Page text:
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Shifa highlights issues related to HIV discrimination
" The play, enacted to mark the World AIDS Day, captured the despair and discrimination faced by people living with HIV-AIDS through the powerful medium of theatre. "

By Sonia Sarkar

NEW DELHI, India, 2 December 2010 –
Fifteen-year-old Sunita stays alone with her ageing grandmother. No one visits them and if they do once a while, drinking tea or sharing food with the family is avoided.

Sunita lost both her parents to AIDS and faces discrimination for being the daughter of  positive parents.

Her grandmother silently mourns her daughter’s death “Little had I thought, I would be living in my daughter’s house and being mother to her child who cannot even attend regular college because of stigma and discrimination associated with HIV,” says the frail mother.

The frail mother, portrayed by theater artist Gauree Dewan, enacted the introductory part of the play, Shifa (healing), before a jam packed audience in Malvankar Hall in Delhi. 

The play, enacted to mark the World AIDS Day, captured the despair and discrimination faced by people living with HIV-AIDS through the powerful medium of theatre. Each scene etched out a painful and hard hitting glimpse of people who are suffering from stigma associated with HIV-AIDS.

Supported by UNICEF and National Aids Control Organisation (NACO), Shifa was directed and scripted by Ms Tripurari Sharma, Associate Professor at National School of Drama, New Delhi.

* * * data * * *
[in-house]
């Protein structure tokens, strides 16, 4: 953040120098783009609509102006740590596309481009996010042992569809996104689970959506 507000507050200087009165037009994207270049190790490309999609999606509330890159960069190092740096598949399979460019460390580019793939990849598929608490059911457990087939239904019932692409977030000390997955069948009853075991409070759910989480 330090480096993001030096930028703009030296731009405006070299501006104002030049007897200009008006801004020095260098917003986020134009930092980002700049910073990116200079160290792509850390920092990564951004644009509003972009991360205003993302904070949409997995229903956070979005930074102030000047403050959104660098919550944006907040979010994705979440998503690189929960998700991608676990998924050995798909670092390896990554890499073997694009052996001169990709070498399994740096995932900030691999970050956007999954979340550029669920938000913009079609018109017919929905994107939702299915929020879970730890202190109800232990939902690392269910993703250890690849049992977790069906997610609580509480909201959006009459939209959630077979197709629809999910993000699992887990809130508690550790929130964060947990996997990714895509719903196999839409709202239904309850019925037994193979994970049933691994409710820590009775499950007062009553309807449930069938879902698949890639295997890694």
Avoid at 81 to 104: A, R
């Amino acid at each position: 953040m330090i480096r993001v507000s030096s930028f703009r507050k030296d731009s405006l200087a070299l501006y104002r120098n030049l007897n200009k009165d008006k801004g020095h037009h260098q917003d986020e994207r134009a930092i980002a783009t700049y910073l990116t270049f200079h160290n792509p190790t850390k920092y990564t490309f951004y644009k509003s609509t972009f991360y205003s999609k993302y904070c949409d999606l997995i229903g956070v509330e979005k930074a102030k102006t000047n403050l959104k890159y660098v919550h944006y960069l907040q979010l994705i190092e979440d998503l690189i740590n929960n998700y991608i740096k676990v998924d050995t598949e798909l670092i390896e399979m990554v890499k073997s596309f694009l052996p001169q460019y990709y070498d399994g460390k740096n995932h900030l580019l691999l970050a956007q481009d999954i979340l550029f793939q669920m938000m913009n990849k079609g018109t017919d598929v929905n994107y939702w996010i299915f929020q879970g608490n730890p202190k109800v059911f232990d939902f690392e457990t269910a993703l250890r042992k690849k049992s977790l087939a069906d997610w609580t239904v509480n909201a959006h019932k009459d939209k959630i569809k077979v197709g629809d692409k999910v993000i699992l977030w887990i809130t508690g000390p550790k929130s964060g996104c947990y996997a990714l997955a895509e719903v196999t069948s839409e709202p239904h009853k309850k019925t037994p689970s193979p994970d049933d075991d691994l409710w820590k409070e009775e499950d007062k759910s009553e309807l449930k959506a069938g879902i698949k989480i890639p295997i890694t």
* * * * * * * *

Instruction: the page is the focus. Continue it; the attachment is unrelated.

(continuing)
The screenplay of Shifa has been inspired from in-depth research and interviews with positive people and their families, conducted by Sharma for over one-and a half year.  The highlight of the play was the message of hope projected through the stories of endurance and survival of its woman characters.

Harvinder Kaur, who plays the role of a positive woman, powerfully portrayed the plight of women who are stigmatised by society.

"The challenge for me was to realistically bring out the desperation of a pregnant widow who was being marginalised due to her positive status. I had to live the stark loneliness of a pregnant woman facing death, tormented by the thought that she may have transmitted the infection to her unborn child,” says Kaur.

“My effort as an actor was to reflect the humane side of the situation in an emotional way,” she adds. 

National Award Winner for Young Theatre Artist for 2010, Teekam Joshi, plays the role of a young man who has just been diagnosed as a HIV positive person. Joshi brings forth the struggle of a character who knows that death is not far away and now seeks to appreciate every moment of his life.

Globally at the end of 2009, 5 million young people aged 15–24 were estimated to be living with HIV. India is home to the third largest number of people living with HIV in the world and do face considerable discrimination from the society.

The vast majority of HIV infections in India occur through sexual transmission (85.6 per cent). Nearly five per cent of infections result from parent-to-child transmission.

A jam packed audience appreciated the performance of the actors and lauded the organisers for bringing such a sensitive issue into the open.

“After watching this play, my attitude towards HIV positive people has definitely changed.” said Anita Verma, one of the persons attending the play. “I will spread the message among my friends that HIV positive persons have the same right to love and respect as any normal being,”

The Secretary of Health and Director General NACO, K. Chandramouli and UNICEF India Country Representative, Karin Hulshof, were present as chief guests and felicitated Ms Tripurari for the choice of the powerful medium of theatre to reach out to a wider public on the issue of stigma associated with HIV-AIDS.

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